Said the joker to the thief.
Last month I ventured into the unknown. I gave up my unlimited data plan with AT&T, which I was grandfathers into, to transfer my service provider to T-Mobile. This change was not taken lightly as I discussed it with my family for most of the year. My family was brought into the conversation because we’re on a family plan. If one of us was going to transfer we were all going to make the change.
There’s too much confusion. I can’t get no relief.
There were a couple of reasons I was looking to make the change. The first reason, as always, was to save money. The table below compares current AT&T and T-Mobile plans using somewhat similar data plans. The table also takes into account a $450 discount with AT&T when purchasing an iPhone with a 2 year contract and the lack of a discount when a no-contract plan is used. As you can see we’re going to save $840 over 2 years vs. the AT&T 2-year contract plan. The savings go down to about $600 over 2 years vs. the new AT&T no-contract plan, which assumes a $15 discount per line if the phone is off-contract or of the bring-your-own phone variety. This option was just added by AT&T during the past week, which turned out to be a little too late to keep me on board.
Business men they drink my wine.
Their plowmen dig my earth.
A savings of $600 per year might not sound like a lot, but there were other reasons for the change. T-Mobile has other services that provide for some peace of mind. For example, there are no overage charges if any family member goes over their allotted data during a given month. The download speeds will just be throttled to very slow levels. Even better, as there is no contract, we can change to a higher data plan mid-month, if needed. This will work great for my parents as they’re not the most tech savvy people and don’t understand how much data they are using.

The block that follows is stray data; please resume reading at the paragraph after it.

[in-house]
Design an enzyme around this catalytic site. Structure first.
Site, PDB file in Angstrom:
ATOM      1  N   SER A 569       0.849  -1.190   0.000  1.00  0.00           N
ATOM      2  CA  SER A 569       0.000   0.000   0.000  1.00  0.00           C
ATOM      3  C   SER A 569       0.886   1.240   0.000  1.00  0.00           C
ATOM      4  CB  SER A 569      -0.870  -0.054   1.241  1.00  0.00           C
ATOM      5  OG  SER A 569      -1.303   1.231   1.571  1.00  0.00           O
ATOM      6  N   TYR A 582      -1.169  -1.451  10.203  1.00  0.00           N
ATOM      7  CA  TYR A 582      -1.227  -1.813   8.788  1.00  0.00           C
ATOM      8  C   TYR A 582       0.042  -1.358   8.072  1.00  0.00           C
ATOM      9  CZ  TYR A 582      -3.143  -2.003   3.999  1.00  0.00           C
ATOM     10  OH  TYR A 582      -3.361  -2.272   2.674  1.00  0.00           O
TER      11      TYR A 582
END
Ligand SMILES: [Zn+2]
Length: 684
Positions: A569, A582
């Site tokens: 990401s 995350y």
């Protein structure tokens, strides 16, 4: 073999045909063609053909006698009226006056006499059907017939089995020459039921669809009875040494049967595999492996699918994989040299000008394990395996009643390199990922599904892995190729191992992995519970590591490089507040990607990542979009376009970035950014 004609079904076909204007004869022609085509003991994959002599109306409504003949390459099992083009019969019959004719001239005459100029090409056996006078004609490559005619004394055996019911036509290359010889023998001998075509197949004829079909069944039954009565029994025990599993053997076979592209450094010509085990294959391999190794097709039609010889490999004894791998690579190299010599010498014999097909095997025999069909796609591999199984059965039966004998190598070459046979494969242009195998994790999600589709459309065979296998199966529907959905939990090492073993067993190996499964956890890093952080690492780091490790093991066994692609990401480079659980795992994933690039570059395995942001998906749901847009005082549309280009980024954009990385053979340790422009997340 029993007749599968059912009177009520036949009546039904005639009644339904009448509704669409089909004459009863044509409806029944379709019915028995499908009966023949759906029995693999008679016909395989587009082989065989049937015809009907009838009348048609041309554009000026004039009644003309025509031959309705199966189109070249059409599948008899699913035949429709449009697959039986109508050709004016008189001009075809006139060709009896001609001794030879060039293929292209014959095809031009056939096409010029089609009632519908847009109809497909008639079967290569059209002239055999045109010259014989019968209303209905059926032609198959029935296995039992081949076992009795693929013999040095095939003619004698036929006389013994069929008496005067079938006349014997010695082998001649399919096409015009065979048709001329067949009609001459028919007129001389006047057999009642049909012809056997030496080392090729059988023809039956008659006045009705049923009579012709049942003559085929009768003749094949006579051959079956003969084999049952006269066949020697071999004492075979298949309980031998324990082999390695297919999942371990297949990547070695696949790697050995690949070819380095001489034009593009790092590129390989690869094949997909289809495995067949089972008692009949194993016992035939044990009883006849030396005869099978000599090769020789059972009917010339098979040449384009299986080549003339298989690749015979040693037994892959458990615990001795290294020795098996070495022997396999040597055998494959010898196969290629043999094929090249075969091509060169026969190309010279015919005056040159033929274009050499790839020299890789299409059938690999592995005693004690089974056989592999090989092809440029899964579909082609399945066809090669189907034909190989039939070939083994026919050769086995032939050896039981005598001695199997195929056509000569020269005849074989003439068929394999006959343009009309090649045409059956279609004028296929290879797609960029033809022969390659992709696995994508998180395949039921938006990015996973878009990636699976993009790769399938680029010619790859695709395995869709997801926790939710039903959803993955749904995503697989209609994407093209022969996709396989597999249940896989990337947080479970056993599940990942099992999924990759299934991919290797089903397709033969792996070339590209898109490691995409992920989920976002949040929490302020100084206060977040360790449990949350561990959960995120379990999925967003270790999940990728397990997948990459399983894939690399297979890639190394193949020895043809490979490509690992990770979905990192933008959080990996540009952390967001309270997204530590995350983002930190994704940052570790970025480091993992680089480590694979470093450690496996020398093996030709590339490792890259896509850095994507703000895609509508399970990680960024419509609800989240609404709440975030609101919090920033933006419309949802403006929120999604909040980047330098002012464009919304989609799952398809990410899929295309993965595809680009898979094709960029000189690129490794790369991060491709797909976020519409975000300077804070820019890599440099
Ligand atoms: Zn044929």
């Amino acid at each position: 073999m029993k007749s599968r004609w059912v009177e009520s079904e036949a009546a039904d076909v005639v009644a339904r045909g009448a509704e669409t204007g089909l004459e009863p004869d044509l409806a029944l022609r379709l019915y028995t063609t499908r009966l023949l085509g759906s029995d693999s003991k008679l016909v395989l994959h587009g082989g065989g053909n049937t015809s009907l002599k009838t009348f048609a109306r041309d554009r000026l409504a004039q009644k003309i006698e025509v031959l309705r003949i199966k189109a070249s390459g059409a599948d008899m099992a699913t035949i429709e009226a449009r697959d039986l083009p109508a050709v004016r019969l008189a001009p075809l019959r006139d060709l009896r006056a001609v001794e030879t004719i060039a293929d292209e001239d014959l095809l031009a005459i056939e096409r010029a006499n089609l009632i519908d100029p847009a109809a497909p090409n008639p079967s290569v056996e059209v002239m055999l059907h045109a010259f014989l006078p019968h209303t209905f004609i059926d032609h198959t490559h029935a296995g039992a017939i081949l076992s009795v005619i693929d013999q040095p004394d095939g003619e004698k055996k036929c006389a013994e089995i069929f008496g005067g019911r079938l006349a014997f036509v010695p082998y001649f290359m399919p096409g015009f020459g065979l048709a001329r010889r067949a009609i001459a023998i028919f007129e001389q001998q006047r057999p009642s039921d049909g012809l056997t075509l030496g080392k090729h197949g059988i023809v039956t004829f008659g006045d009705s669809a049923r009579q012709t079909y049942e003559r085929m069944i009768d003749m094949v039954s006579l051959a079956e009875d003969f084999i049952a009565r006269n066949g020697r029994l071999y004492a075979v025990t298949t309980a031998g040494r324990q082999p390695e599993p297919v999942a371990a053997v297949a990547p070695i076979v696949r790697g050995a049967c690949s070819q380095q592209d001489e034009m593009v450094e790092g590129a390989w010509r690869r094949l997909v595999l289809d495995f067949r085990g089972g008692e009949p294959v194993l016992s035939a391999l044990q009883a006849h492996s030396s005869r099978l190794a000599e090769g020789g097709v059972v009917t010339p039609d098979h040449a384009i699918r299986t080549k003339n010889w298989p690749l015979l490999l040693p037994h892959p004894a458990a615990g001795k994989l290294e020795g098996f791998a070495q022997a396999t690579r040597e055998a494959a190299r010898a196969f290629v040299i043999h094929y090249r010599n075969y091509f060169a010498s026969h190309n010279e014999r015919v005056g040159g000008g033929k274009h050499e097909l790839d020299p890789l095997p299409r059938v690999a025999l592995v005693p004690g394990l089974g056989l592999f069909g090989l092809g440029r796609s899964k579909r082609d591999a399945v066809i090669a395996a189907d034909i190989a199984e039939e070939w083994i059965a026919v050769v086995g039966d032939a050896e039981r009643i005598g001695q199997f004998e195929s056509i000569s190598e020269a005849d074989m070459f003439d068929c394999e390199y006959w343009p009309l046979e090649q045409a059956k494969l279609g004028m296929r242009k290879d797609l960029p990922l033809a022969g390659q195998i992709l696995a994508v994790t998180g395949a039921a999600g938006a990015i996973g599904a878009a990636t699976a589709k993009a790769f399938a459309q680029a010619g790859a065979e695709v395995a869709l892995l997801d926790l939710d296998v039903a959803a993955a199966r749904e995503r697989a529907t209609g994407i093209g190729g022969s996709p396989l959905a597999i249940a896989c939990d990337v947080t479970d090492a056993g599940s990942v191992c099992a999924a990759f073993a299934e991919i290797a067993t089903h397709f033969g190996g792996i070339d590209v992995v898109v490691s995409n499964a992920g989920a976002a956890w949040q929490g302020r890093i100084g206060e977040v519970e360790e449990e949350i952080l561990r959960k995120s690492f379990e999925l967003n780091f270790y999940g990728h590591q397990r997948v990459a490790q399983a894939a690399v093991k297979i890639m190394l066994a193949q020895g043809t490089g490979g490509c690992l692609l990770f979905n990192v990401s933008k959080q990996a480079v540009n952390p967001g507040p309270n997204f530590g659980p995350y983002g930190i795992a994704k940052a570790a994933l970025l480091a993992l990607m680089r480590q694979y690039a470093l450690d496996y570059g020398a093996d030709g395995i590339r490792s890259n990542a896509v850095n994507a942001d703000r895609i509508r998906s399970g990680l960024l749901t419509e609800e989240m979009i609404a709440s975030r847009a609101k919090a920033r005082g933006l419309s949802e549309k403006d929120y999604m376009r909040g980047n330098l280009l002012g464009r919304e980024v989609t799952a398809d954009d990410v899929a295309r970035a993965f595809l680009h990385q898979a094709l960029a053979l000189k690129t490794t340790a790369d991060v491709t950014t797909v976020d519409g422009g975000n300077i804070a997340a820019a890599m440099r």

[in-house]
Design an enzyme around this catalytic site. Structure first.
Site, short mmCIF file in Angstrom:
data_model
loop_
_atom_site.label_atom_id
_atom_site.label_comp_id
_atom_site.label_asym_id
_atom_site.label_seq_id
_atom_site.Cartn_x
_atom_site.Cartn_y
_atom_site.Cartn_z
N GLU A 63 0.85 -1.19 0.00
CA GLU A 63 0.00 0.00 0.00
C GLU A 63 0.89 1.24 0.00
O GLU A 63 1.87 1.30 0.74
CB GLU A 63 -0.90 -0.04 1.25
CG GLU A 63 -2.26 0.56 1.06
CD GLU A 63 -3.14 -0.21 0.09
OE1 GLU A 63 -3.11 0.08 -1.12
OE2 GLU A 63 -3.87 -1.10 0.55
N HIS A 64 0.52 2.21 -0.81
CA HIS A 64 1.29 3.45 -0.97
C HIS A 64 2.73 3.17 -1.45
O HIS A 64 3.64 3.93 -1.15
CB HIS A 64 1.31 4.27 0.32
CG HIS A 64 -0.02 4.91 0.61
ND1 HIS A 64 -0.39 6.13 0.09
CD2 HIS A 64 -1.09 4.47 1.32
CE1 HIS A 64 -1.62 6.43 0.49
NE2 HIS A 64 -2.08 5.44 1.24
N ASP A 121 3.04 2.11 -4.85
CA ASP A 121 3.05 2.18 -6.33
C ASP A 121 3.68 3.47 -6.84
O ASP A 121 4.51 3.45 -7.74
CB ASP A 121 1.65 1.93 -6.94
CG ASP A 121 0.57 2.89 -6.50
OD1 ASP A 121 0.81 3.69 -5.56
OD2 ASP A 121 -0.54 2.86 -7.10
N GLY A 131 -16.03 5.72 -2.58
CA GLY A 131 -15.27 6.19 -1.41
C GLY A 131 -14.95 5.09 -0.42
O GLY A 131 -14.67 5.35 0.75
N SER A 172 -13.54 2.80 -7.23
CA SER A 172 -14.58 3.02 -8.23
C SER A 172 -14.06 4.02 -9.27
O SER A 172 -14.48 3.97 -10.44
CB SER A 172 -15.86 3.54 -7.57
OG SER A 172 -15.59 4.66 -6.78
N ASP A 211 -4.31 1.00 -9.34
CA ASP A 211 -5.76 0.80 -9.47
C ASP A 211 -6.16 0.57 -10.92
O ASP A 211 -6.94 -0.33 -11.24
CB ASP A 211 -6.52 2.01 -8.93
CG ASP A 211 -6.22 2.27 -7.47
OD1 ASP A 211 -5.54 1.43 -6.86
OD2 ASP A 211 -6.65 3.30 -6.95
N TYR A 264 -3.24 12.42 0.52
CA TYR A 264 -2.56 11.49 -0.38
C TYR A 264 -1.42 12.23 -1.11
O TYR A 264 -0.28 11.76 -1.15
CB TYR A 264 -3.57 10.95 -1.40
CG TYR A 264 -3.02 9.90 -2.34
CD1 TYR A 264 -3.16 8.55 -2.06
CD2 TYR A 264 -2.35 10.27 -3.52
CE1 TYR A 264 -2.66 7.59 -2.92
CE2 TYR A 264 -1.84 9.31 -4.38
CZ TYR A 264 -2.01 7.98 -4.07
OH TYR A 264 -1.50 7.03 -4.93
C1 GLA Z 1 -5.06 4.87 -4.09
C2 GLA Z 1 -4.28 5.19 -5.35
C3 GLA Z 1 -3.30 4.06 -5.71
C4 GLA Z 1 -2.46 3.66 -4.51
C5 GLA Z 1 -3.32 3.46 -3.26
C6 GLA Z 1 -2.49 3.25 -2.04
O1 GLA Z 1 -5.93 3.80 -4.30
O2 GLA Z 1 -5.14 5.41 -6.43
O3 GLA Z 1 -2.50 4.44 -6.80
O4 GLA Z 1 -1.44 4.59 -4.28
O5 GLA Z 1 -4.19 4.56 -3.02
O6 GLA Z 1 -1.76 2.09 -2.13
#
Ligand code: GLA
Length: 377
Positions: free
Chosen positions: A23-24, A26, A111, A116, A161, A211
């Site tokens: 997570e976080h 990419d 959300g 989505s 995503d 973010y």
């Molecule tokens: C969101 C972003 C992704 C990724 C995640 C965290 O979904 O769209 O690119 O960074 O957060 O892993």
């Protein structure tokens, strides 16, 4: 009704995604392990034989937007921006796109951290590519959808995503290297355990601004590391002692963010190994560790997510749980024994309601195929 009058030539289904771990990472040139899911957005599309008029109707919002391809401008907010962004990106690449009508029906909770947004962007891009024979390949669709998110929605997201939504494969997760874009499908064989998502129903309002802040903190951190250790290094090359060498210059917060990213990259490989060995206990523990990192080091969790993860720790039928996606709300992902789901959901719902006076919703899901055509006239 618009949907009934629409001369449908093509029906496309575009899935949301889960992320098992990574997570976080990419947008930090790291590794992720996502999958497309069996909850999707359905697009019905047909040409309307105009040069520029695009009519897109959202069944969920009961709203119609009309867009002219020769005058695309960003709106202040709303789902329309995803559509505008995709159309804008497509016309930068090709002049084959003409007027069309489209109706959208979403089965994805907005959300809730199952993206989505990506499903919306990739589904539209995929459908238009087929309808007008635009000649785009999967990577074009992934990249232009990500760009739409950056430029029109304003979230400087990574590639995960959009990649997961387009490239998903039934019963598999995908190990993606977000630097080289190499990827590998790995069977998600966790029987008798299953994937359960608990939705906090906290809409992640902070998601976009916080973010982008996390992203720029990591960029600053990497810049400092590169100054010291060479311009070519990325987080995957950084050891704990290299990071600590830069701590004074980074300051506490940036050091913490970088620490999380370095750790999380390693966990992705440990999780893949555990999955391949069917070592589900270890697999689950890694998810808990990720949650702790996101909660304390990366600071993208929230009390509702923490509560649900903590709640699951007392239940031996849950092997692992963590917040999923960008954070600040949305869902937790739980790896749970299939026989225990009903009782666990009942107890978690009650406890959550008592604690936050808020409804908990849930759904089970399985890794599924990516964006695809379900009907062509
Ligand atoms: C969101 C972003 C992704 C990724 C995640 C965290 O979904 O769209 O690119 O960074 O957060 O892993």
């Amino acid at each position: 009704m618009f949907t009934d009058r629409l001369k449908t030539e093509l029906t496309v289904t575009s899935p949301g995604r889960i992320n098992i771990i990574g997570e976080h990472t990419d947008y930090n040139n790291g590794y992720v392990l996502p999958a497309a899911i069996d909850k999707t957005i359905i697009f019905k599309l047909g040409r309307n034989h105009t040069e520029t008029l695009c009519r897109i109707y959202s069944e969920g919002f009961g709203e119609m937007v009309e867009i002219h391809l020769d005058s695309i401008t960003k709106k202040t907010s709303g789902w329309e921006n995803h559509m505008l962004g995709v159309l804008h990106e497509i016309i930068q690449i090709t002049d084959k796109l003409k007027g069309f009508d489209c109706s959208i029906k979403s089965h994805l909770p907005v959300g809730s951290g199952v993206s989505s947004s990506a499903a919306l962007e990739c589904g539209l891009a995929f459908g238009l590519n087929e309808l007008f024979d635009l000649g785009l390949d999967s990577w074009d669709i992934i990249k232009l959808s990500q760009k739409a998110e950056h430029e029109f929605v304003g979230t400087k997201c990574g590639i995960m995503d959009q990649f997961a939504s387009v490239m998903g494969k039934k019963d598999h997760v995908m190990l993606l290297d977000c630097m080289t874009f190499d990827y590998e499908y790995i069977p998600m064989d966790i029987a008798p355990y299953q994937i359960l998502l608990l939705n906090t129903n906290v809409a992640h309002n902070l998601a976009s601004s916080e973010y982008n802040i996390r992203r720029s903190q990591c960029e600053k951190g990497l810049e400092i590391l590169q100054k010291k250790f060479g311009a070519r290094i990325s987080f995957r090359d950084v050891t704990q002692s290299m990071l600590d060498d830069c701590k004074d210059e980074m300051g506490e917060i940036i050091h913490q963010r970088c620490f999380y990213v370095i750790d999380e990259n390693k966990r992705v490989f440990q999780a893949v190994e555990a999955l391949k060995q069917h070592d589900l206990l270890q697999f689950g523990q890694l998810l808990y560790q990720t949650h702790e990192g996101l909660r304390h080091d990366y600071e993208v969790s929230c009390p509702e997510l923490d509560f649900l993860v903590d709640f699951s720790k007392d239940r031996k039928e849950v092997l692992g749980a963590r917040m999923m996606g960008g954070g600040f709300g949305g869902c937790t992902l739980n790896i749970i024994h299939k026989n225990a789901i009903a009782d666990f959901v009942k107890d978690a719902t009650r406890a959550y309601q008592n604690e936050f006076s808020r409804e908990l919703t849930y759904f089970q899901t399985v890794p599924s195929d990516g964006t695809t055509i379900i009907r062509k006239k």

None of them along the line know what any of it’s worth.
Another example is international travel / roaming. And this one can’t be taken lightly for my family. T-Mobile Simple Choice plans include unlimited data and texting in more than 100 countries at no extra charge, including Greece. And phone calls are just $.20/minute. No need to turn off roaming. No need to worry about some huge bill putting me in the poor house.
No reason to get excited. The thief he kindly spoke.
To a lesser extent, another service I was looking for was tethering. The new AT&T mobile share plans allow for tethering, but the unlimited data plan I was grandfathered into did not have this option. I would have been forced to change my plan to one of the new mobile share plans. This forced change is what got me to thinking about T-Mobile in the first place.
There are many among us who feel that life is but a joke.
This isn’t to say I’m not going into this new endeavor with my eyes wide open. AT&T and Verizon have the best national service footprint. T-Mobile doesn’t compare and I don’t expect them to compare favorably. Luckily, they do have very good service in most, if not all, urban areas. The service here in the Los Angeles area is great, both at home and everywhere I’ve ventured during the past month. The service on Long Island is also great, which my brother was able to verify during a trip there this past week. I do understand, though, that there will be times my service is less than stellar. I’m willing to accept that for the savings.
But you and I we’ve been through all that (yes we have).
The best part, though, is the fact that we’re no longer under contract with any provider. If, at some point, we’re not happy with T-Mobile, we can easily switch back to AT&T. It’s a win-win situation… even if the unlimited plan with AT&T will not be an option.
And this is not our fate.
So let us not talk falsely now
The hour is getting late…